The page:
The 107,000 Lions of Japan are receiving help from club members all over the world. The Lions Club International foundation has raised more than $7 million to aid Japan, and many have provided emergency relief supplies toward recovery efforts. With 40 years of disaster relief experience already under its belt, the foundation is always ready to help.

Following the destructive storms that recently hit the Southern United States, Lions have donated $400,000 as well as food boxes and medical supplies toward relief efforts in Alabama, Mississippi and Tennessee.

While the international organization fulfills activities such as fundraising and disaster relief, the LEO Club accommodates youths between the ages of 12 and 18 who want to gain leadership experience and commit themselves to their communities.

The earliest LEO Club was established in Pennsylvania in 1957 but did not become official until 10 years later.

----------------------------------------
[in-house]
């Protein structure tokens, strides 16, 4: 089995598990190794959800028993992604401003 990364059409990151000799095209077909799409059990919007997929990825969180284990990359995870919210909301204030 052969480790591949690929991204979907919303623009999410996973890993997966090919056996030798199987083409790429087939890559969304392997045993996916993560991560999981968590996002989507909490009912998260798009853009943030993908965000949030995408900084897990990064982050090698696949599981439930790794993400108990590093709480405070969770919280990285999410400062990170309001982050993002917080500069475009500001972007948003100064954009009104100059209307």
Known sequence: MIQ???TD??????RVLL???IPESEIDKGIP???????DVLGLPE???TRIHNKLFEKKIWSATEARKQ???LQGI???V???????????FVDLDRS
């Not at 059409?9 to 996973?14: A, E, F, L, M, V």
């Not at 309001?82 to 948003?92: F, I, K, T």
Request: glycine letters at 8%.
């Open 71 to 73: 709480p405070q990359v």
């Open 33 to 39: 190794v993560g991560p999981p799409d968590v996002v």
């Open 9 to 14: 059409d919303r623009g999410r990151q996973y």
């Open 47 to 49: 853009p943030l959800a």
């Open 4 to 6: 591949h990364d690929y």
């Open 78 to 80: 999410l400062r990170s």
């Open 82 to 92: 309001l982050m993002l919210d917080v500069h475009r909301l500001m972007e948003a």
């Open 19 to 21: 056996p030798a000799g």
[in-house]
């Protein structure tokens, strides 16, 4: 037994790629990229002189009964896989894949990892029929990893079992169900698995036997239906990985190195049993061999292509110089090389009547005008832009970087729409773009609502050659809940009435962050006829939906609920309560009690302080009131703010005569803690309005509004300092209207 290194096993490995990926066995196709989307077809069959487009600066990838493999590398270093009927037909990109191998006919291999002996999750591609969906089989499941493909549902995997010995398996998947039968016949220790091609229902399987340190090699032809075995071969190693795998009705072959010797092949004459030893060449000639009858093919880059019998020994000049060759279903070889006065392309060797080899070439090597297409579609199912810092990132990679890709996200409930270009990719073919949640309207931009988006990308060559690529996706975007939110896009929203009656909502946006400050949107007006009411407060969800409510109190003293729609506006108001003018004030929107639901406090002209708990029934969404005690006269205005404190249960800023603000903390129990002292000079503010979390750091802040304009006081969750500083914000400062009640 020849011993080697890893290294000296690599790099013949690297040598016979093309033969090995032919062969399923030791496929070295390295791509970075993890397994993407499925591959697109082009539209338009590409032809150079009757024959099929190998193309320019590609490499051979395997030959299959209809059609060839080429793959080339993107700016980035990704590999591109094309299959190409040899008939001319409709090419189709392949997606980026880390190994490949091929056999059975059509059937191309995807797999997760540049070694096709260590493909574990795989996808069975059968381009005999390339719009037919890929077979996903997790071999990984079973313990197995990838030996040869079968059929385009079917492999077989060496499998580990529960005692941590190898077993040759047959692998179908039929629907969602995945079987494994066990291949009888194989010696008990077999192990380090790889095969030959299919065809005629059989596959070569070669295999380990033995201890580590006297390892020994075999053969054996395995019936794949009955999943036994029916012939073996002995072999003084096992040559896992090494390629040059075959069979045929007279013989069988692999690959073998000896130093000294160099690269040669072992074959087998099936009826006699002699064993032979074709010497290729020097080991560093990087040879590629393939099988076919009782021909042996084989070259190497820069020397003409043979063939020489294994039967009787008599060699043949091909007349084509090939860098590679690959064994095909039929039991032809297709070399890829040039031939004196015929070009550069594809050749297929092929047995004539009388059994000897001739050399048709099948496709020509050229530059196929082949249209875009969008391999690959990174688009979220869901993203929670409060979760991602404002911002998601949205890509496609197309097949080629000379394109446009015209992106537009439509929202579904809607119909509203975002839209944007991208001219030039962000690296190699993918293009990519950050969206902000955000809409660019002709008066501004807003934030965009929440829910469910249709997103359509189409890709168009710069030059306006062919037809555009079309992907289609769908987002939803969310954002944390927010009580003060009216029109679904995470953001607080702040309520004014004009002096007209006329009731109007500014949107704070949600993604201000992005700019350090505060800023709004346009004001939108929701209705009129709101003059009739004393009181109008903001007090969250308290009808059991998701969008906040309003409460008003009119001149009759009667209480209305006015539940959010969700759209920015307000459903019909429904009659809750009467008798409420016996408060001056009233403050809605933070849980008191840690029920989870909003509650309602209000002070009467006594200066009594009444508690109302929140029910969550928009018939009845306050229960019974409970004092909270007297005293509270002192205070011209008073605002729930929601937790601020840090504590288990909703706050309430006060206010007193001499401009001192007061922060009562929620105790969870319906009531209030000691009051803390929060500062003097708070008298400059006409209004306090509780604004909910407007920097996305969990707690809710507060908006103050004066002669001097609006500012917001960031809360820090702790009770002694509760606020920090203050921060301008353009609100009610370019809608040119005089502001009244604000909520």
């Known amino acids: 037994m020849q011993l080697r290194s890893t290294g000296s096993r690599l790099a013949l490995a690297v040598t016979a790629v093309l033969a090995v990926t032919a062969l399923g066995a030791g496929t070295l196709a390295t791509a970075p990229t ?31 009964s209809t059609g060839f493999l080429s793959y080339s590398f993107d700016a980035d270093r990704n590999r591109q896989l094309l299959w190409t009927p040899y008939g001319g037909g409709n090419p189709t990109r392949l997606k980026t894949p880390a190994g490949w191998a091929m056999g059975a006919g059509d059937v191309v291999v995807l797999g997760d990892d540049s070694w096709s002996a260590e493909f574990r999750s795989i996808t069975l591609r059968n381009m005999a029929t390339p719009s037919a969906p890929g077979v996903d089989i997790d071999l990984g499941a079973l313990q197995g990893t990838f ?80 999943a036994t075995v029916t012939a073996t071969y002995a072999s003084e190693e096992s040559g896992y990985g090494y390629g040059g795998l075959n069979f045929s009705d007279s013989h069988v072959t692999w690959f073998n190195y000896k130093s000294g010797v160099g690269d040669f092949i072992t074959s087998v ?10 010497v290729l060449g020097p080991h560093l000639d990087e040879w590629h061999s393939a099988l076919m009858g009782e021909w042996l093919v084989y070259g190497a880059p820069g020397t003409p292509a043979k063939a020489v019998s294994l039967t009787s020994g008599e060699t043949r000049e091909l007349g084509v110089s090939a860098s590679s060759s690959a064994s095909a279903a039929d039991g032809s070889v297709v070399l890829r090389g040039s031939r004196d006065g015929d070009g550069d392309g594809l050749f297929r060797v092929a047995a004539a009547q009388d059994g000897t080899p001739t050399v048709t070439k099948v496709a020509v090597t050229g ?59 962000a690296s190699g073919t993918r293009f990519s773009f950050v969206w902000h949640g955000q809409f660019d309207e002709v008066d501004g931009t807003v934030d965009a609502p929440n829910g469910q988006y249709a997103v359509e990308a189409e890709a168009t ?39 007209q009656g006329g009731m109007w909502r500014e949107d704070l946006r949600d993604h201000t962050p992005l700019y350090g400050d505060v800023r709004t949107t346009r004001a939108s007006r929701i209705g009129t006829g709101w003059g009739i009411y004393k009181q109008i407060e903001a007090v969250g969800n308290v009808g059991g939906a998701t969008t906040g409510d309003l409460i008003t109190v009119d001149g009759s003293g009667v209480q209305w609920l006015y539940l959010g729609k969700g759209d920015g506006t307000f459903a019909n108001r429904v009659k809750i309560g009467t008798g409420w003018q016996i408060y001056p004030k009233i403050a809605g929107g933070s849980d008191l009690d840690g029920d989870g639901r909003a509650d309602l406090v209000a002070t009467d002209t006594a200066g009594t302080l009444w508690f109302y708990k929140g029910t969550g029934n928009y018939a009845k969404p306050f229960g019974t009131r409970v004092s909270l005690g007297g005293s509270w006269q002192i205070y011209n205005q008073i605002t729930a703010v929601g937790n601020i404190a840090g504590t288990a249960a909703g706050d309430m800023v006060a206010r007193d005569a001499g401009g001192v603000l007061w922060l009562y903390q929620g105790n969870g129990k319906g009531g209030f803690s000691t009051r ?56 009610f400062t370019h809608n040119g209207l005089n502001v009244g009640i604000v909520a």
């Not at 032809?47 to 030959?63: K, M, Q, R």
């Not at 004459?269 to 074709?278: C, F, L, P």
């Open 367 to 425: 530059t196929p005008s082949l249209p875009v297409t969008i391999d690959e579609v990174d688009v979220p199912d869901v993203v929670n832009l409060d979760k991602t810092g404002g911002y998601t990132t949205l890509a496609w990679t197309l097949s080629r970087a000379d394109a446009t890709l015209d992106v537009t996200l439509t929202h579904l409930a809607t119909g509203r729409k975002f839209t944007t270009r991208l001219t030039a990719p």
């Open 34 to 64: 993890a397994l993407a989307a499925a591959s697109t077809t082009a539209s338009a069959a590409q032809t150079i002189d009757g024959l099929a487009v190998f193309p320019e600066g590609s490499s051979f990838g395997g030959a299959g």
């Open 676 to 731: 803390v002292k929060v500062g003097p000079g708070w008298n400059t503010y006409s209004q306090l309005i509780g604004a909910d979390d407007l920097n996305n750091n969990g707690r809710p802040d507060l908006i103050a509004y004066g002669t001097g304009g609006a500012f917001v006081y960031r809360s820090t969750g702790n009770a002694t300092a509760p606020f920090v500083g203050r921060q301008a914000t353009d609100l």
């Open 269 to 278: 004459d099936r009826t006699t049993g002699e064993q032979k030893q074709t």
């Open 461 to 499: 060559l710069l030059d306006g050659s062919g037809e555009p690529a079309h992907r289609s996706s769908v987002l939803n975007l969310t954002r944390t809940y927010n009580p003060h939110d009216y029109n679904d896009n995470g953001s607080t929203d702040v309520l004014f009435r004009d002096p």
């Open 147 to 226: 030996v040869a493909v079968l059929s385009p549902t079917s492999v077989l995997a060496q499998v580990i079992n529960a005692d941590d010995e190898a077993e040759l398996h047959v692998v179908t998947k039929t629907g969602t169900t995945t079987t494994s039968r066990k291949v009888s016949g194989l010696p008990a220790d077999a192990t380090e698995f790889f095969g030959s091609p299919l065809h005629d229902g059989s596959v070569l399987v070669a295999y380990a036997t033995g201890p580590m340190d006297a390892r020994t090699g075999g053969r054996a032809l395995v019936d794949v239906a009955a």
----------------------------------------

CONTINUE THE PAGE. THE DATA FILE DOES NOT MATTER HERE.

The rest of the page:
Wilder Middle School opened its doors April 30 at 7 p.m. for the first LEO Club induction ceremony in Henrico County. The evening began with a line of speakers followed by the induction of the LEO officers. Since the LEO Club is sponsored by the Battlefield Park Lions Club and the West Breakfast Lions, many members from both organizations were present to congratulate the newly initiated youths.


Community

Lewis Ginter Botanical Garden raises admission $1

Lewis Ginter Botanical Garden’s admission has increased by $1 across all categories. Admission is now $12 for adults; $11 for seniors ages 55 and older; and $8 for children ages 3–12. Admission remains free for children ages 3 and younger and for members.

The last price increase was in 2011, before the Garden consistently hosted Butterflies LIVE! (which is included with admission). > Read more.

Garden tails

The threat of bad weather didn’t keep visitors away from Lewis Ginter Botanical Garden July 10 for the facility’s weekly Flowers After 5 event (which pairs music and food with a chance to stroll the garden) and its monthly Fidos After 5 (which allows dog owners to bring their pets with them to enjoy the evening). > Read more.

Western Henrico Rotary helps fund Midwives For Haiti Jeep